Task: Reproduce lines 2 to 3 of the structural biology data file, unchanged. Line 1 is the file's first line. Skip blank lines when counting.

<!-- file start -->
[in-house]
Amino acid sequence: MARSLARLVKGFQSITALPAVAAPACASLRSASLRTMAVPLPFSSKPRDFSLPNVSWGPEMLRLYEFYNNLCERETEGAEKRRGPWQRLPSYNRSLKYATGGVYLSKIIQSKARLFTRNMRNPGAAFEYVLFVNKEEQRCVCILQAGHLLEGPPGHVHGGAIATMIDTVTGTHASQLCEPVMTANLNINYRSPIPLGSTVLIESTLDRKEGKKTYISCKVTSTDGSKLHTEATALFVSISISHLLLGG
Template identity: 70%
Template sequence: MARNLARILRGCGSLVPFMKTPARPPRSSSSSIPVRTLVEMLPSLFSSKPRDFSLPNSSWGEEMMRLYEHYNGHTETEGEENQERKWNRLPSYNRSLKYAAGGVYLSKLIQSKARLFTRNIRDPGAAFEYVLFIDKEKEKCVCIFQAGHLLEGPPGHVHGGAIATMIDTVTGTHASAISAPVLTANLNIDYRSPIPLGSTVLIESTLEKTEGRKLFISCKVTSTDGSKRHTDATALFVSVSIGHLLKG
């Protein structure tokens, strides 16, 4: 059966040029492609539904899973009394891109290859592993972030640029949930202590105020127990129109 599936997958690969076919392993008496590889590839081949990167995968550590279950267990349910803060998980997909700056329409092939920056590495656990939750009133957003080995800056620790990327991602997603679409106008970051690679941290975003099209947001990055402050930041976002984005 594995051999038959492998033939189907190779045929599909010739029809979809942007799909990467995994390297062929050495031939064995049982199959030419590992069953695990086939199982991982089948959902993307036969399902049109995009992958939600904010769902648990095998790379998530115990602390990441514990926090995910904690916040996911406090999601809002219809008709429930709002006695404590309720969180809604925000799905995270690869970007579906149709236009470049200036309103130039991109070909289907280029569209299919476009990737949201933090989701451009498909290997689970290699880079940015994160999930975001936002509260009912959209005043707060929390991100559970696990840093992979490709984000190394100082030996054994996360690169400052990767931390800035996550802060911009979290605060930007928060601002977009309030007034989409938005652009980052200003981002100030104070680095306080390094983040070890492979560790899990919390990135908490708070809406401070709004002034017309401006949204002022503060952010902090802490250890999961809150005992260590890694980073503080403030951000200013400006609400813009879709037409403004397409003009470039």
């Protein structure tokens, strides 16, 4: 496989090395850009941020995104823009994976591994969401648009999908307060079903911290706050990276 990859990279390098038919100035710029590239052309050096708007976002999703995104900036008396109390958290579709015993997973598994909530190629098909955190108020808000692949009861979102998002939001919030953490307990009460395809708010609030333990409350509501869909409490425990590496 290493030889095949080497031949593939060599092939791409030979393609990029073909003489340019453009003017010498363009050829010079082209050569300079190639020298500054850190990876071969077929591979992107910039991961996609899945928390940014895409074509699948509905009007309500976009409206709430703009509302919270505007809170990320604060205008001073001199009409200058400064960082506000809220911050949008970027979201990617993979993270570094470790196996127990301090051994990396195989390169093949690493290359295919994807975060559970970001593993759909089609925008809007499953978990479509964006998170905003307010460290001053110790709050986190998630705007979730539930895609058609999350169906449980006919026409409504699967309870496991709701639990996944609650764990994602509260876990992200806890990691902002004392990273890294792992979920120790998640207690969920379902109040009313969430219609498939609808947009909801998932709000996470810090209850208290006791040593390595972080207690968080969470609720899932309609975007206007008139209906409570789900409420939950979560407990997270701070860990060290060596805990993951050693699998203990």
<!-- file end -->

Amino acid sequence: MARSLARLVKGFQSITALPAVAAPACASLRSASLRTMAVPLPFSSKPRDFSLPNVSWGPEMLRLYEFYNNLCERETEGAEKRRGPWQRLPSYNRSLKYATGGVYLSKIIQSKARLFTRNMRNPGAAFEYVLFVNKEEQRCVCILQAGHLLEGPPGHVHGGAIATMIDTVTGTHASQLCEPVMTANLNINYRSPIPLGSTVLIESTLDRKEGKKTYISCKVTSTDGSKLHTEATALFVSISISHLLLGG
Template identity: 70%